The Pinecrest Neighborhood Association is inviting all to attend a peaceful, family-friendly march through East Lansing’s Pinecrest neighborhood on Friday, June 19, starting at 4 p.m.
Held in association with the national Movement for Black Lives, the event is a call from local organizers for residents to support three stated goals: “defund the police, invest in Black communities, and [call] for Donald Trump to resign.”
This event is being held on Juneteenth, an unofficial American holiday marking the liberation of enslaved persons in the U.S. To ELi’s knowledge, there is no other public celebration of the day occurring in the City of East Lansing, and this kind of march is unusual for a neighborhood association to arrange.
Event organizer Dr. Nichole Biber has lived in the Pinecrest neighborhood for three years. A member of the Little Traverse Bay Bands of Odawa, a Great Lakes region indigenous people, Biber says she has participated in other protests and rallies, including working with environmental justice organizations.
Then, “The President of the Neighborhood Association put out a call to the Board, that she’d like the neighborhood to show support, and make sure our black, indigenous, and people of color are feeling supported and safe,” Biber explained.
With the current reality of the COVID-19 era, Biber says she hasn’t attended protests lately in order to protect herself and her family. She thought it would be ideal to have a demonstration nearby. So she signed up to host through the sixnineteen.com website.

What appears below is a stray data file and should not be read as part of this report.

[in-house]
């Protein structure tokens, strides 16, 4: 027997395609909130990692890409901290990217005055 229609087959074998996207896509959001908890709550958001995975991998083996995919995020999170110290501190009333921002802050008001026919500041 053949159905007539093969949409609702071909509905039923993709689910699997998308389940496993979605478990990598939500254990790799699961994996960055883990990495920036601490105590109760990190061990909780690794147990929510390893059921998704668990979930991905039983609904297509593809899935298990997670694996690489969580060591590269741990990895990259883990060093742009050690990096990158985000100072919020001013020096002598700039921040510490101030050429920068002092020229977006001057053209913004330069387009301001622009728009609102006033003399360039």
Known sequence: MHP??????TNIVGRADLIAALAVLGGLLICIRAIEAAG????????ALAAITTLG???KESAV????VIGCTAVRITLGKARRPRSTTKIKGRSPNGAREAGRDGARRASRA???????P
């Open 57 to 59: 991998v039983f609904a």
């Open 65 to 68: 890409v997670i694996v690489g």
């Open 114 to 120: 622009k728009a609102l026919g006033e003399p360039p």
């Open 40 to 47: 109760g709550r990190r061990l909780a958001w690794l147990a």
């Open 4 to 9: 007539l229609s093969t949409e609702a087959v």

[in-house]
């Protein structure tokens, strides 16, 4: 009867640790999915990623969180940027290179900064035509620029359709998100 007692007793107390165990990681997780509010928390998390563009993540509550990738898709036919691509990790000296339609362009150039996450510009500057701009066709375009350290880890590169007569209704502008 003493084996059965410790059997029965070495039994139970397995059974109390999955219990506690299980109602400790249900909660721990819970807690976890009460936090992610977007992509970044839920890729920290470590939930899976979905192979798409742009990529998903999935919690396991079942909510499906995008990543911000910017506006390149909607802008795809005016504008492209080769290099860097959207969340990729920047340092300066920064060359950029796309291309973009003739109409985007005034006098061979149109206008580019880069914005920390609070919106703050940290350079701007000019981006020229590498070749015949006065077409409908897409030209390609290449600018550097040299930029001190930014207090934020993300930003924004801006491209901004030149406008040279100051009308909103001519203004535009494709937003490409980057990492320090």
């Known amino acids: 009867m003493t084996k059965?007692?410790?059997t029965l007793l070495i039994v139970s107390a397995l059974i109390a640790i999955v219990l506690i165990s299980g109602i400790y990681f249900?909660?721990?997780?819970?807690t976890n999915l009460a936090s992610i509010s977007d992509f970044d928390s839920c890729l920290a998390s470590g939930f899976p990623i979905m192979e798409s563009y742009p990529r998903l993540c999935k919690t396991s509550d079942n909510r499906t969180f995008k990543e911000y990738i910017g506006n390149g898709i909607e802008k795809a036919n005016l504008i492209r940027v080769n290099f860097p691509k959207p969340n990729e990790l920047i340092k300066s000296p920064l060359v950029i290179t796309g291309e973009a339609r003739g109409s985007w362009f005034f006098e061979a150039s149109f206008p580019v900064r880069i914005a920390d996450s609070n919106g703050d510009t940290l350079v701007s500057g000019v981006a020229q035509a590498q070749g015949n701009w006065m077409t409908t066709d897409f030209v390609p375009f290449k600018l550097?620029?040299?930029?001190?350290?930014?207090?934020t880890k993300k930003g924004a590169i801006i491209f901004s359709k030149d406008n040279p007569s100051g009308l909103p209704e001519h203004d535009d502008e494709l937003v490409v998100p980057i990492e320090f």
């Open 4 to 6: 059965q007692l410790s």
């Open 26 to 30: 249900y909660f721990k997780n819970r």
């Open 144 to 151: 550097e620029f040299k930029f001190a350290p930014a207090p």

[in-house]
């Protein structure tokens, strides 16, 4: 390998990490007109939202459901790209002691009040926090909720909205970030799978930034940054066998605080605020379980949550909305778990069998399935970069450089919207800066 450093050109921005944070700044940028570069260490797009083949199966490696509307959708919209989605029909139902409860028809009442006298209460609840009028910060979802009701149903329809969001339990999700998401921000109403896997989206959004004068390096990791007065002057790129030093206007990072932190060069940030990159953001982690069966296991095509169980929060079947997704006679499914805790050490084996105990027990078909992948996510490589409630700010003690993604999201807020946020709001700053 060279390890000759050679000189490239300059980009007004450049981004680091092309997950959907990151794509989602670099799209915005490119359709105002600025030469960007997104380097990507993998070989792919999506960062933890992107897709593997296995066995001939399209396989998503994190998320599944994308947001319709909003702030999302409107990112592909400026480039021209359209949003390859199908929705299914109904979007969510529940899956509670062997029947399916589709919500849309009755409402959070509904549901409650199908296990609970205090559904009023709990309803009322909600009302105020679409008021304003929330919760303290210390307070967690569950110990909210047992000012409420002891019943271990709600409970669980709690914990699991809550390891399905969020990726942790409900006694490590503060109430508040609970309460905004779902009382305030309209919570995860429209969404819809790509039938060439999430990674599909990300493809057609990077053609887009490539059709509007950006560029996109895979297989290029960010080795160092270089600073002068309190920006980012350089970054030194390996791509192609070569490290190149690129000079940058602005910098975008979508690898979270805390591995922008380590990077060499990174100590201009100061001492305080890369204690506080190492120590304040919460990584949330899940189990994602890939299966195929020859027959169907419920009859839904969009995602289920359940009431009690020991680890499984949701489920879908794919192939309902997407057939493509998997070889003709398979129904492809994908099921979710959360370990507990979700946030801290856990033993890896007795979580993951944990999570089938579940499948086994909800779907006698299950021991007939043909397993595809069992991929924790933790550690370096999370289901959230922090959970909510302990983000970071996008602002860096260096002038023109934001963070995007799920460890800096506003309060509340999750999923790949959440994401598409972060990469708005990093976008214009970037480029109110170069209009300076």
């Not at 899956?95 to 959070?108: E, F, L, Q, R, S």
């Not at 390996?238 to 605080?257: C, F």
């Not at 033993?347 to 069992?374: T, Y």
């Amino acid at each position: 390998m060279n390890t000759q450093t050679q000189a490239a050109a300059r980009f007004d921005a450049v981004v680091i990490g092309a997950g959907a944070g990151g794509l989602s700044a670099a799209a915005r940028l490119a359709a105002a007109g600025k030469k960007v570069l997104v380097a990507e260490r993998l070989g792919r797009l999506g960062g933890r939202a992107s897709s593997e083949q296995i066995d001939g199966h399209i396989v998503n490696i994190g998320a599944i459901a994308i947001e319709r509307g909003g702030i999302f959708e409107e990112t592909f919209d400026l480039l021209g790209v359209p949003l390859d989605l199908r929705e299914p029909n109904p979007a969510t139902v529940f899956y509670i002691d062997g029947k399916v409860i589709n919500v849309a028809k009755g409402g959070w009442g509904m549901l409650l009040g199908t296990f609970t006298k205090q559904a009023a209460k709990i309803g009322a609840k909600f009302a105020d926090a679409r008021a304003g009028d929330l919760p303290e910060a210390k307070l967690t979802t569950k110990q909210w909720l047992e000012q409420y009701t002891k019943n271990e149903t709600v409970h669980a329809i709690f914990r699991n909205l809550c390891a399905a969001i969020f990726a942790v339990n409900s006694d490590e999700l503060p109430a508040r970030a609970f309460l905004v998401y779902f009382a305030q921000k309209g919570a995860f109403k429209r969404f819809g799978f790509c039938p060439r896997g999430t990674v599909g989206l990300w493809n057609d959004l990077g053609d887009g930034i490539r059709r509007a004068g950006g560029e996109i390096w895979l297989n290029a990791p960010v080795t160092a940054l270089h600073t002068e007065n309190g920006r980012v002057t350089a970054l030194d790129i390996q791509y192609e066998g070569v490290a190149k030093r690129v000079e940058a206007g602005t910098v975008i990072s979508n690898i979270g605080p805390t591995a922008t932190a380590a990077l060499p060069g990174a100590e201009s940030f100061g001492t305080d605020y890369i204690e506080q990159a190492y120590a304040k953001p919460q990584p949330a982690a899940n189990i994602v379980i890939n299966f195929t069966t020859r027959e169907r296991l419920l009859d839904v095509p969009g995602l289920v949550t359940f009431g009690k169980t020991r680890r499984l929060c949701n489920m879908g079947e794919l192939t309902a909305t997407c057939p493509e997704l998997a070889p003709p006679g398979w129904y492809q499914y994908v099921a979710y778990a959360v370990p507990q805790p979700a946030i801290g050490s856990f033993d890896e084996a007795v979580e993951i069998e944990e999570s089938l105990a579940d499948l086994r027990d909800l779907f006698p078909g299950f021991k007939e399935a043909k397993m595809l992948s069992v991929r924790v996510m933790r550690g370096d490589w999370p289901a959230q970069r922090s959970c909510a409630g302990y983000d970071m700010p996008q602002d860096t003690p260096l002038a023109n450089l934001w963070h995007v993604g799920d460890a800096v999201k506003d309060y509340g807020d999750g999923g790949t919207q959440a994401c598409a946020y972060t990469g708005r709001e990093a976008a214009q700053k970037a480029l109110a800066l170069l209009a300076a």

Friday’s march will begin at Harrison Road and Crown Boulevard and end at Henry Fine Park. Biber said the route is a mile long, and she encourages participants to bring their own water, signs, and personal stories.
“Signs are a great way to express one’s self,” to say “why you’re there, or [to share] a quote or phrase that’s affected you. It helps you express your own connection, your own understanding of this moment, and the importance of supporting and standing up with Black Lives to do that.”
Though the neighborhood has hosted numerous community events and gatherings in the past, Biber said this is the first of its kind since she’s been a resident there.
“I feel like there’s definitely the mix and diversity of people and ages in the neighborhood,” she said. “I think this is a good opportunity for people who feel like they want to do something, but wouldn’t go to a protest on their own, or never have.”
Her hope is that this local demonstration will help to teach and to create change, including among younger generations.
“Ideally, I see plenty of young people showing up,” Biber said. “The struggle of generations is in this moment, and this is our time to say what is just. And to show that to our children, and say, ‘this is what’s normal – it’s being courageous in difficult times.’”
Says Biber, “I’m very grateful to the Movement for Black Lives, and all the associated grassroots movements for all the work that’s being done to advance justice for everyone.”
She adds, “It’s been a very long time coming, and it’s heartening to see the extent that this has spread. It’s like, ‘hey, if it ends up in a comfortable neighborhood in suburbia, that seems like a good sign.’”
More information about the event is available at this page.